In The End, They Didn’t Know Jack

Now that 24 has ended its run, it seems obvious that the man who truly knew the character of Jack Bauer was the series co-creator Joel Surnow. There’s no denying that 24 has always been a spotty show, but in the two seasons (or, on the show, days) that Surnow has been gone, the main character has evolved into someone entirely different from what he had been.

Some critics have blasted Jack’s “conversion” to Islam at the end of Day 7, but that’s wildly overstated. Yes, it was a blatant genuflection to the gods of Political Correctness to have the wise Imam provide the spiritual counseling to the terrorist hunter Bauer, but there’s no actual evidence that Jack “converted” or that he had any religious beliefs before meeting the Imam or after. In eight seasons I’ve never seen Jack so much as whisper, “Please God, get me out of this situation.”

What offended me more was the standard gimmick of revealing that the real threat was not the Middle Eastern terrorists blowing up bomb, but the American corporation that was financing the whole situation. On Day 7, after African guerrillas managed to take over the White House (!), it was revealed that the villain was really American fatcat Jon Voight and his Blackwater-style military mercenaries. Their plan was to explode warheads in America in order to prove how necessary they were to the nation’s safety. Gotcha.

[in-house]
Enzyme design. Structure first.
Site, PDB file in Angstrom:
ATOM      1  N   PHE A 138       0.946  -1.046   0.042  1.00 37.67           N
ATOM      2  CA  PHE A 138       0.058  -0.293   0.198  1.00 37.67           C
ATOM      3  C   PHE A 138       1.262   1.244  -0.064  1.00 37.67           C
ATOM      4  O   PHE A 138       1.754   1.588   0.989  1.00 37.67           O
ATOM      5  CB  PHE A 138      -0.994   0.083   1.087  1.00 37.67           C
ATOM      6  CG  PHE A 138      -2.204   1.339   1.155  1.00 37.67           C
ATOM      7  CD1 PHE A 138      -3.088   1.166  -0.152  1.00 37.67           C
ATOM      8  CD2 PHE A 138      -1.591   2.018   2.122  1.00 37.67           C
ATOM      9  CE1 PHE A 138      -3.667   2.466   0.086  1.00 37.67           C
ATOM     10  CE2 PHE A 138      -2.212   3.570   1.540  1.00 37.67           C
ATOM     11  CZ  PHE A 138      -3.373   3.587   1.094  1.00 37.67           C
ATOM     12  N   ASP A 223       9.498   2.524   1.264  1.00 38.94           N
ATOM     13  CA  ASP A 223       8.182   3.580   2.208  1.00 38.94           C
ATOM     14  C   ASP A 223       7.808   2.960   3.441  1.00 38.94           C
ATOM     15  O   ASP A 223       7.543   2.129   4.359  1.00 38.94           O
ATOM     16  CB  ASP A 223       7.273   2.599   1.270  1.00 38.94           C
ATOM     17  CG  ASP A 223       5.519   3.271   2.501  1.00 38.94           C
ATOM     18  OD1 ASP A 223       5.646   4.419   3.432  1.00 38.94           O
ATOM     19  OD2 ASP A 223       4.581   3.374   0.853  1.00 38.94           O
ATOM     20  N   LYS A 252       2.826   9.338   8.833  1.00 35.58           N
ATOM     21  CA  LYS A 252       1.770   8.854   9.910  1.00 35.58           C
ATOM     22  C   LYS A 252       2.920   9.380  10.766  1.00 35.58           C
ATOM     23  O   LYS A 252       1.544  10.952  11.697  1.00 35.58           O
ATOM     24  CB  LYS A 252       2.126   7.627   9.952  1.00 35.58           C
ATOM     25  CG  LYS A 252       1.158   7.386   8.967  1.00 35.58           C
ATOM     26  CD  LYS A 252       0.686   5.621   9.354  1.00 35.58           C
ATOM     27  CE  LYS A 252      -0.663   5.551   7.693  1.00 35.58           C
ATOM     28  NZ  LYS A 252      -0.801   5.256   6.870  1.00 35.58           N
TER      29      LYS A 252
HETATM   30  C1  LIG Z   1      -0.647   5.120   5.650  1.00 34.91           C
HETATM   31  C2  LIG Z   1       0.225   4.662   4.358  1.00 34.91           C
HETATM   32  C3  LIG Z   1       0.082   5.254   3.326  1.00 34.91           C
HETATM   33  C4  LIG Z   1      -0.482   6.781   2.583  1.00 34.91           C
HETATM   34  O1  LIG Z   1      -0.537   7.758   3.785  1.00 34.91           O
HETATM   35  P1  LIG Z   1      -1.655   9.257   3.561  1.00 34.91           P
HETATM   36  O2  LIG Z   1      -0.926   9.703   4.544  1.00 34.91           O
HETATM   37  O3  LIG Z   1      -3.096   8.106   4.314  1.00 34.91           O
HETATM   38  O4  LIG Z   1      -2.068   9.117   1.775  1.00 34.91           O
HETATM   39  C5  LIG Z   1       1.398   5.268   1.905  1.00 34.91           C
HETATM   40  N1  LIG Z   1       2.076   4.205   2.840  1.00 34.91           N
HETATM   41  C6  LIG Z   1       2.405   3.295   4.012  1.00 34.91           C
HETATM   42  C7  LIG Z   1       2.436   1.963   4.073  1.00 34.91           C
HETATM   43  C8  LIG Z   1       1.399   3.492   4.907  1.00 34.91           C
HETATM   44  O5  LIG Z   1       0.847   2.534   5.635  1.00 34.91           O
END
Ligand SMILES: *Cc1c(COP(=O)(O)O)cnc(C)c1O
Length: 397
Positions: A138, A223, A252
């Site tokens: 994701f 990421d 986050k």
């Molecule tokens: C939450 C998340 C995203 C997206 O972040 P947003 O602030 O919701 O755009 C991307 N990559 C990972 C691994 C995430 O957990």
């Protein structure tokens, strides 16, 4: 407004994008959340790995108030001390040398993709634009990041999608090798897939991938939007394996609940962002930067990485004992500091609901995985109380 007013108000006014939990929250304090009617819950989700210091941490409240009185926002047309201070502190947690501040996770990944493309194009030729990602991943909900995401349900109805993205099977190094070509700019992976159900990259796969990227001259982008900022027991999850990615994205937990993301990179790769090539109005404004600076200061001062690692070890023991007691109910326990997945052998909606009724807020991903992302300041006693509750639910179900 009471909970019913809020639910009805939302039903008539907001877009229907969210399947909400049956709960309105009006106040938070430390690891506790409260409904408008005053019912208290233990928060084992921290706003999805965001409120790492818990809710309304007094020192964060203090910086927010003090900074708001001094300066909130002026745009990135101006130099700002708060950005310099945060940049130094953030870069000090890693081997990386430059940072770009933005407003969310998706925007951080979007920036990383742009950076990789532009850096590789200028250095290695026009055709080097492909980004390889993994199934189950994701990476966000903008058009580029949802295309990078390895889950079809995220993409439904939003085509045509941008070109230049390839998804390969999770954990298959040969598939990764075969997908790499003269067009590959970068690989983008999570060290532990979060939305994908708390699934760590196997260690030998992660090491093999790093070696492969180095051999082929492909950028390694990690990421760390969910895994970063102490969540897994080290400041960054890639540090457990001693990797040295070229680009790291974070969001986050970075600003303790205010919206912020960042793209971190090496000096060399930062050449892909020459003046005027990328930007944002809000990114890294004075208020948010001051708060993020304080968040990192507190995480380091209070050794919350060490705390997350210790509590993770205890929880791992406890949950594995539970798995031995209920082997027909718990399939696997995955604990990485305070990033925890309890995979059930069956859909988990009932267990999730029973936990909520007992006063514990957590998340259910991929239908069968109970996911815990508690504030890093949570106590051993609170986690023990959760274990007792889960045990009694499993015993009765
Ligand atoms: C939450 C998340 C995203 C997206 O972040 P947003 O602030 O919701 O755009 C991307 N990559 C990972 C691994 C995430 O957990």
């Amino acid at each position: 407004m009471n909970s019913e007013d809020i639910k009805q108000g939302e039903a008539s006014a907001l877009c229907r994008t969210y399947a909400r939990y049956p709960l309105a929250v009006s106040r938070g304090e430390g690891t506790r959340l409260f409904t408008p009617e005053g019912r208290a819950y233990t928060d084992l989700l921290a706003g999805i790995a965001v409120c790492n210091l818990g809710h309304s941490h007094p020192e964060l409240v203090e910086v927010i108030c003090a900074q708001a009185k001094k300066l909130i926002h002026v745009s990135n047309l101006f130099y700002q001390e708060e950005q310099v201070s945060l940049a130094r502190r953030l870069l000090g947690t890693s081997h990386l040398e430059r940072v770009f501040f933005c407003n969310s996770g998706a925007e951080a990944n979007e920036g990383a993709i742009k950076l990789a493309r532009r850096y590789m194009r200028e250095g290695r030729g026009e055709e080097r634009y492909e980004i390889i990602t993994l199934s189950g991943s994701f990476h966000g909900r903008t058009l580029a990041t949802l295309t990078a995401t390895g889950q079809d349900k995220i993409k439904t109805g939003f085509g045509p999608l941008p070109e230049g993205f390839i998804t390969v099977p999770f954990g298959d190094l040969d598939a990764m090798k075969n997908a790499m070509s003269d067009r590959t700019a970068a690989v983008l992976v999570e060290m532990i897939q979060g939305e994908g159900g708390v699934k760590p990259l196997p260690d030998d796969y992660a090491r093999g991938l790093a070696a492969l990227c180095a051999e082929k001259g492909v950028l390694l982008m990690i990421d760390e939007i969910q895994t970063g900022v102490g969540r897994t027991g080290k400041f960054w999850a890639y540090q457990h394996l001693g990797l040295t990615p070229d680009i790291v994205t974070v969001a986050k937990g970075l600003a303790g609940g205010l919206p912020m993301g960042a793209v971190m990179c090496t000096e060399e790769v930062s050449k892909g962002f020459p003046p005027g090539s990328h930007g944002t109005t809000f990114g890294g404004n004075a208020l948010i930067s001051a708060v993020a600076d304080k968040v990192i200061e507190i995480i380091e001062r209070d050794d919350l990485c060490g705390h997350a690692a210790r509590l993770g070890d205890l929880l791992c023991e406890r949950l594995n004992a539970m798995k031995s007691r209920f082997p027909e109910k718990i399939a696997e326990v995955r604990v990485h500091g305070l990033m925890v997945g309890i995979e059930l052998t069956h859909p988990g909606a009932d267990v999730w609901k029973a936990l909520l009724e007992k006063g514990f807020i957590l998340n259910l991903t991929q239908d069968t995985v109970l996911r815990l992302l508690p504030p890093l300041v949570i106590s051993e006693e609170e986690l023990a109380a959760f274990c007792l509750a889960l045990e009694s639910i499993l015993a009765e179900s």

But throughout the first seven seasons one thing remained rock steady: Jack Bauer. As played (brilliantly) by Kiefer Sutherland, Jack was the man who was never afraid to get his hands dirty, to play (very) rough, and to do whatever was necessary to get the job done. The job was to protect the United States from some type of serious threat. To meet his ends, Jack worked in tandem with several U.S. presidents, the fictional Counter-Terrorist Unit (CTU), the Secret Service, local police departments, and the FBI. He did what those others may have been unwilling to do, frequently breaking the law, but always doing it because the law was a hindrance to the greater good: saving the lives of thousands, or even millions, of Americans.

Well, I guess that the Imam at the end of Season 7 didn’t give very good spiritual advice. For the last quarter of this final season viewers were introduced to a brand new character, an evil twin of Jack Bauer. Physically he looked the same and sounded the same. He continued to say things like “Damn it, Chloe!” and “We are running out of time!” But that was where the resemblance ended.

The Jack Bauer at the end of Season 8 was an out-of-control killing machine. Far from being the tortured soul who agonized over his actions, this Jack was like a cross between the Terminator and John Rambo. Like the former he was unstoppable, killing nearly everyone in his path. Like the latter, he seemed less interested in doing the right thing than in exacting revenge for wrongs that had been done to him.